A Tribute To The Gong Show'sGene Gene The Dancing Machineby James Lipton of Bravo's "Inside The Actors Studio"
His arrival on the TV stage was always treated as though it were a glorious surprise to everyone on on the set, even to the show's host. Upon hearing the opening notes to his theme music (an arrangement of "Jumpin' at the Woodside," a popular Count Basie orchestra song), the host's face would light up and he would stop the show, yielding the stage to Gene-Gene The Dancing Machine, a seemingly ordinary heavy-set, middle-aged black man.
And as Gene Gene emerged on stage, members of the crew would toss random objects from the wings, littering the stage while the heavy-set black man danced on, seemingly oblivious to all the activity around him. In the meantime, both host and panelists would enthusiastically mimic Gene Gene's dance moves, which consisted primarily of a slow-footed chug-chug motion, punctuated by an occasional, exultant fist pointed skyward.
And now that Gene Patton, the beloved Gene Gene The Dancing Machine, has shuffled off of this mortal coil, it's time to honor his memory with more than faint praise.
Indeed, all the praise and acclaim accorded to him were surely merited, yet Gene Gene The Dancing Machine was far too subtle a figure to be caught in a net of loose superlatives. He was many contradictory things at once. Look at him. He was a bear of a man whose dancing attire usually consisted of nothing more than a green windbreaker jacket, bell-bottomed jeans, sneakers, a yellow polo shirt, and a black painter's hat. Yet, he was a thing of ineffable beauty when he moved.
He has been compared to Bach by George Balanchine. Merce Cunningham called him a genius. Rudolf Nureyev considered him the greatest American spontaneous dancer in history. But what exactly was it that made Gene Gene The Dancing Machine's dancing so extraordinarily beautiful and timeless? What was it in his choreographic style that made him so distinctive, so inimitable?
Eugene Patton (born April 25, 1932), more widely known by his stage name Gene Gene the Dancing Machine
, was a stagehand for the National Broadcasting Company's Burbank, California studios who gained fame as an occasional performer on The Gong Show. Patton was also the first African-American member of the International Alliance of Theatrical and Stage Employees, Local 33.
Patton was one of several amateur performers who would warm up and entertain the audience during commercial breaks. Host Chuck Barris found him so entertaining that he had him dance on the show on-air, and he proved so popular that he soon became a recurring act, an occasional judge, and eventually the regular closing act for the show, with the credits rolling over his enthusiastic dancing, often joined by Chuck, the celebrity judges, the stage hands, and whoever else felt like joining in. He appeared in "The Gong Show Movie" (1980) and had some dialogue.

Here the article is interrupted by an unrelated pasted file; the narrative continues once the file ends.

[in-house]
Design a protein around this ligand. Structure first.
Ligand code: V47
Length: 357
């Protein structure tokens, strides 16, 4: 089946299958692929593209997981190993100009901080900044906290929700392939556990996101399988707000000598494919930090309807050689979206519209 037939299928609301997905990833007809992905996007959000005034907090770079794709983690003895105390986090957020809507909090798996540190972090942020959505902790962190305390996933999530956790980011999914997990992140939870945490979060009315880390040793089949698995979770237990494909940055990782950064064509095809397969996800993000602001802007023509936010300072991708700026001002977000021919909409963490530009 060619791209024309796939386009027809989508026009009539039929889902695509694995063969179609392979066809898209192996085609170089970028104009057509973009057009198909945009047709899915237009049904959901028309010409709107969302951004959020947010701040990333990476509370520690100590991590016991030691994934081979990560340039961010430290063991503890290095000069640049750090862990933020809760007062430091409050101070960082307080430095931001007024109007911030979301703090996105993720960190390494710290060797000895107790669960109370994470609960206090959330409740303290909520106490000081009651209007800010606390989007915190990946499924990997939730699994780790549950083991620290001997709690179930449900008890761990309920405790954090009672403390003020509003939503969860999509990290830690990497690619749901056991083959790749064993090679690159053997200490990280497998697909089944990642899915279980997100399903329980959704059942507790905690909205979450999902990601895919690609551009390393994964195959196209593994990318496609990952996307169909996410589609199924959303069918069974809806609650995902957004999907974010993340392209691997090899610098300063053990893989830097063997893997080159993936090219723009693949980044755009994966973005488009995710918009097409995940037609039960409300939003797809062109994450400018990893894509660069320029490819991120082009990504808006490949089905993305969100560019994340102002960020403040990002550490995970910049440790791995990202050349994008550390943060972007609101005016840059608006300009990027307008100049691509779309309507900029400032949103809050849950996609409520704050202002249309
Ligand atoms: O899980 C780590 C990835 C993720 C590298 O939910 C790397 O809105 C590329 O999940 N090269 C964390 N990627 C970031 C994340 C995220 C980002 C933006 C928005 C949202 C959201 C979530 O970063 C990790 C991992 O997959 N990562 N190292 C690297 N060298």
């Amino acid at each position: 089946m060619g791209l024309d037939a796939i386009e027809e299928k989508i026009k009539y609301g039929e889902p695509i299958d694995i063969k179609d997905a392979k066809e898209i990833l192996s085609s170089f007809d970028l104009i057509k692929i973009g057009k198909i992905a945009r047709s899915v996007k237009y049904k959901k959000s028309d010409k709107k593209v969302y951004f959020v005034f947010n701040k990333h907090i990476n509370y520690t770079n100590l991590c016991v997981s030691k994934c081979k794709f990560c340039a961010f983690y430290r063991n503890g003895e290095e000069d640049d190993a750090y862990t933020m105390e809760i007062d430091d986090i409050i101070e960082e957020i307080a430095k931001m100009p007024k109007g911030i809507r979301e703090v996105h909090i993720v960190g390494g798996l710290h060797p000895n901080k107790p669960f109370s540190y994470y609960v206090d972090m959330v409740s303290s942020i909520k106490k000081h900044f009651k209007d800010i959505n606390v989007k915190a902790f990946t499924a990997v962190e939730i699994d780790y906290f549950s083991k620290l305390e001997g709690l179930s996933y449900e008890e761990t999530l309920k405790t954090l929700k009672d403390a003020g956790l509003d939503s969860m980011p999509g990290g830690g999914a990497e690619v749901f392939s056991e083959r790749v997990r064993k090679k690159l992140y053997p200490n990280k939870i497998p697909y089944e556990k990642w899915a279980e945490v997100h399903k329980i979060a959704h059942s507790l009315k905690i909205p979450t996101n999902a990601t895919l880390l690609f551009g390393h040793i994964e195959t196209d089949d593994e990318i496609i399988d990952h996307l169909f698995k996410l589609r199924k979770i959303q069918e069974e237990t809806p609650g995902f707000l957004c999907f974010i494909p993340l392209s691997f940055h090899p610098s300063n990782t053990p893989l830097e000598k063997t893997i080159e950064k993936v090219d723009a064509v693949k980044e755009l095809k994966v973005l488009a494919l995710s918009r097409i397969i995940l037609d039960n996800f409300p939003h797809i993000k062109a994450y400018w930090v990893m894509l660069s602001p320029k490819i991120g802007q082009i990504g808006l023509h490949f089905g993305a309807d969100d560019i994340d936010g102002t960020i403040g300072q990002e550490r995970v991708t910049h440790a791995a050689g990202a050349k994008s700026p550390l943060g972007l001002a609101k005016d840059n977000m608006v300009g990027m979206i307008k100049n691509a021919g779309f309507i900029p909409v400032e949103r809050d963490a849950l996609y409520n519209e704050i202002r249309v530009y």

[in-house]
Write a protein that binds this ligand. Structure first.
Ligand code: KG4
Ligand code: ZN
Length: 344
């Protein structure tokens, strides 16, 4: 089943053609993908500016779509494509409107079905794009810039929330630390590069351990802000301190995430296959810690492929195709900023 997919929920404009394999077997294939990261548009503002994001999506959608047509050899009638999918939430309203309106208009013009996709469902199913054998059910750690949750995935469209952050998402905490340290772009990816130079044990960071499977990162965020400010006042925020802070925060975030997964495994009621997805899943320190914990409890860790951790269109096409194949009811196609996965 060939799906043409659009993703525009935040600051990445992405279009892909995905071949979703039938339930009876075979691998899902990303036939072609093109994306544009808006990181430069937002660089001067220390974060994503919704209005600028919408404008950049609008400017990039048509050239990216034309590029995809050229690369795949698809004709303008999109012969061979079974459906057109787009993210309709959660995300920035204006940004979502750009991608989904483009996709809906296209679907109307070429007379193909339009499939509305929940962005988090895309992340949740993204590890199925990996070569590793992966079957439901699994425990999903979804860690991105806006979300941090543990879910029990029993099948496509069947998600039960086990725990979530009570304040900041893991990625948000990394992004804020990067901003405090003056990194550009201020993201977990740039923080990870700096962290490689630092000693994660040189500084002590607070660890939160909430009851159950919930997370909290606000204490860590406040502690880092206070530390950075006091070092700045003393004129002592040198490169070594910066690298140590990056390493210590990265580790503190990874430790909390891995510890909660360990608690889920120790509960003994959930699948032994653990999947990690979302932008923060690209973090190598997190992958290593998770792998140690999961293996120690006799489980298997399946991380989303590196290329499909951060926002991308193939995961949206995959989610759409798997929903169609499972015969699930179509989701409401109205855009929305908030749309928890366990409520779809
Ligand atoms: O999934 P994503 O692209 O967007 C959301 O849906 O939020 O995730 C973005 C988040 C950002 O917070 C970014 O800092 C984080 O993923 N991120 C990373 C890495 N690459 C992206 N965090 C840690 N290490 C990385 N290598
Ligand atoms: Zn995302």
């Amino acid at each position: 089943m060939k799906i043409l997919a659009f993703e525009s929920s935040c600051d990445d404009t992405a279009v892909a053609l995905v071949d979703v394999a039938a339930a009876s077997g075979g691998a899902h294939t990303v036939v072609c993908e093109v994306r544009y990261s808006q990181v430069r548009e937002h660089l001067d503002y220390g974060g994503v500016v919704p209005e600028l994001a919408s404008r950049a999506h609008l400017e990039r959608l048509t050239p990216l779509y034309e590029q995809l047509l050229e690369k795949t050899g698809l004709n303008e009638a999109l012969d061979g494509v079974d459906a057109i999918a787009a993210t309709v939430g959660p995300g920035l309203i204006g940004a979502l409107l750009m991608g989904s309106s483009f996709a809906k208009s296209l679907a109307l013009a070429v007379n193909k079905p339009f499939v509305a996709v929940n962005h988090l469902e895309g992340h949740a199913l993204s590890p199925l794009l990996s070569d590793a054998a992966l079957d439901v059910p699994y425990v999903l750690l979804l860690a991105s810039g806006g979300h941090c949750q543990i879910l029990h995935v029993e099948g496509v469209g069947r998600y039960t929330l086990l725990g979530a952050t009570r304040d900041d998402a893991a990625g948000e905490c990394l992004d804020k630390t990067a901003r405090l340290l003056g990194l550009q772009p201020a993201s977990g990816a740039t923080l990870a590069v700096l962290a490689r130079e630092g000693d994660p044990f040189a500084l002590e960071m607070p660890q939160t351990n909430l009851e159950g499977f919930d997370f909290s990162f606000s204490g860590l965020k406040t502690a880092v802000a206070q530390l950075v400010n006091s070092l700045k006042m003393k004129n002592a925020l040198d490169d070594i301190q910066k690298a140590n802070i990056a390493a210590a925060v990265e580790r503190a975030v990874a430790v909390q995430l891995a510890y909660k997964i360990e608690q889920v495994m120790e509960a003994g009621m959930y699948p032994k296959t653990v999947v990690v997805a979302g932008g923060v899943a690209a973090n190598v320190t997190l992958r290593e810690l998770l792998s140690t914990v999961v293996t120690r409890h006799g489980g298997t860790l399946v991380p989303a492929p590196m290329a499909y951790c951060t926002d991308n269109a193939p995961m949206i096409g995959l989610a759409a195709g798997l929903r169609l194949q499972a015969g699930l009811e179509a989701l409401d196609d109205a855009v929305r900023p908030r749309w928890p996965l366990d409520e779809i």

Although he later appeared in the 1983 movie, "My Tutor", Gene Gene had a cameo as himself in the film version of "Confessions of a Dangerous Mind" based on "Gong Show' host Chuck Barris' incredible autoiographical tell-all in which Barris claimed to have worked as a hired assassin for the CIA while he was chaperoning couples who'd won dates on his "Dating Game" show back in the mid-1960s and early 1970s.
After "The Gong Show" was cancelled, Patton remained a stagehand at NBC but continued to appear on "The Gong Show" as it was still airing in syndication. Later, he worked as a camera man for "The Tonight Show with Jay Leno."
Patton's popularity was such that his retirement from NBC made the national news wires in 1997, unique attention for a stagehand. In a bitter irony, Patton's legs were amputated in the early 2000s due to complications from diabetes. In his latter years, he wore prosthetics and walked with a cane.
In his heyday, Gene Gene The Dancing Machine presented us with that rare phenomenon: a self-made unpretentious spontaneous dancer whose zest for tripping the light fantastic was so infectious, it captivated a nation like few other hoofers have done before. This was part of Gene Gene's power over the public: the uncanny ease of his dance mastery. It made him the envy of dance professionals everywhere. His place in dance history will rest not only on his unprecedented efficacy as an inspiring dance role model but also on his unique style of spontaneous dance, a versatile fusion of soul, jazz, ballroom dance, and choreographical improvisation.
And although his dance career spanned only five short years on "The Gong Show" (1976-1980), because his primary medium was television, most of his work has been preserved and continues to live on in reruns. As a profoundly welcome result, his brilliance is there to be discovered and enjoyed all over again by future generations.
I've often asked actors what music they'd most want to hear playing when they enter the pearly gates of Heaven. In the case of Gene Gene The Dancing Machine, well, I wouldn't have had to ask him because we all know it would have to be that Count Basie hit, "Jumpin' at the Woodside", the very tune to which he shuffled and strutted on the classic "Gong Show" to the delight of millions.